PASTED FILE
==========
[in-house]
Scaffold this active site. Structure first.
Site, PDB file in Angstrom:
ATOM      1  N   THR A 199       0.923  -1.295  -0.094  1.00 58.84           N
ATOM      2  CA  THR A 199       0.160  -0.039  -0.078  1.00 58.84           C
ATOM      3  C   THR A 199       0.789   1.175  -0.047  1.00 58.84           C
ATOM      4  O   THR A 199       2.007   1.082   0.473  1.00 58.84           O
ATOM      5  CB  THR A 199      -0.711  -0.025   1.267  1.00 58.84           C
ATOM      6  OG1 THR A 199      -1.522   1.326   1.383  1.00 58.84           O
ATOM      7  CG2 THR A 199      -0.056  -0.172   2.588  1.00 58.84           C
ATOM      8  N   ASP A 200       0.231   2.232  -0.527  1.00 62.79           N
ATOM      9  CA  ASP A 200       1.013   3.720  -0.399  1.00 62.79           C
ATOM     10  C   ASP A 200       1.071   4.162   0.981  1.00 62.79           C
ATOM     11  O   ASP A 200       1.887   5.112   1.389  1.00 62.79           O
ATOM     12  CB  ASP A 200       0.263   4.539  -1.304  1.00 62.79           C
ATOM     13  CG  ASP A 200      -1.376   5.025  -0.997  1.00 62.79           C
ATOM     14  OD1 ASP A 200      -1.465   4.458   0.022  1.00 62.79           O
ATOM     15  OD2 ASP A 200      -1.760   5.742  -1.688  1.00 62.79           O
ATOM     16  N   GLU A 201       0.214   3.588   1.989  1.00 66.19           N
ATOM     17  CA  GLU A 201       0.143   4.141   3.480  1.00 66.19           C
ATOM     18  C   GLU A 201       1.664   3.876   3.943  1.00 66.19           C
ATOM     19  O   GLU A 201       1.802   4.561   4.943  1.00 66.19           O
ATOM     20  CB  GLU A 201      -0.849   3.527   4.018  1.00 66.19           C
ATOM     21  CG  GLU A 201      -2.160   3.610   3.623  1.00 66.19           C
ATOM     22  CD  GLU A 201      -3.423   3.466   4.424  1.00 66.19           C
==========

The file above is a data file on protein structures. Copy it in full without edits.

[in-house]
Scaffold this active site. Structure first.
Site, PDB file in Angstrom:
ATOM      1  N   THR A 199       0.923  -1.295  -0.094  1.00 58.84           N
ATOM      2  CA  THR A 199       0.160  -0.039  -0.078  1.00 58.84           C
ATOM      3  C   THR A 199       0.789   1.175  -0.047  1.00 58.84           C
ATOM      4  O   THR A 199       2.007   1.082   0.473  1.00 58.84           O
ATOM      5  CB  THR A 199      -0.711  -0.025   1.267  1.00 58.84           C
ATOM      6  OG1 THR A 199      -1.522   1.326   1.383  1.00 58.84           O
ATOM      7  CG2 THR A 199      -0.056  -0.172   2.588  1.00 58.84           C
ATOM      8  N   ASP A 200       0.231   2.232  -0.527  1.00 62.79           N
ATOM      9  CA  ASP A 200       1.013   3.720  -0.399  1.00 62.79           C
ATOM     10  C   ASP A 200       1.071   4.162   0.981  1.00 62.79           C
ATOM     11  O   ASP A 200       1.887   5.112   1.389  1.00 62.79           O
ATOM     12  CB  ASP A 200       0.263   4.539  -1.304  1.00 62.79           C
ATOM     13  CG  ASP A 200      -1.376   5.025  -0.997  1.00 62.79           C
ATOM     14  OD1 ASP A 200      -1.465   4.458   0.022  1.00 62.79           O
ATOM     15  OD2 ASP A 200      -1.760   5.742  -1.688  1.00 62.79           O
ATOM     16  N   GLU A 201       0.214   3.588   1.989  1.00 66.19           N
ATOM     17  CA  GLU A 201       0.143   4.141   3.480  1.00 66.19           C
ATOM     18  C   GLU A 201       1.664   3.876   3.943  1.00 66.19           C
ATOM     19  O   GLU A 201       1.802   4.561   4.943  1.00 66.19           O
ATOM     20  CB  GLU A 201      -0.849   3.527   4.018  1.00 66.19           C
ATOM     21  CG  GLU A 201      -2.160   3.610   3.623  1.00 66.19           C
ATOM     22  CD  GLU A 201      -3.423   3.466   4.424  1.00 66.19           C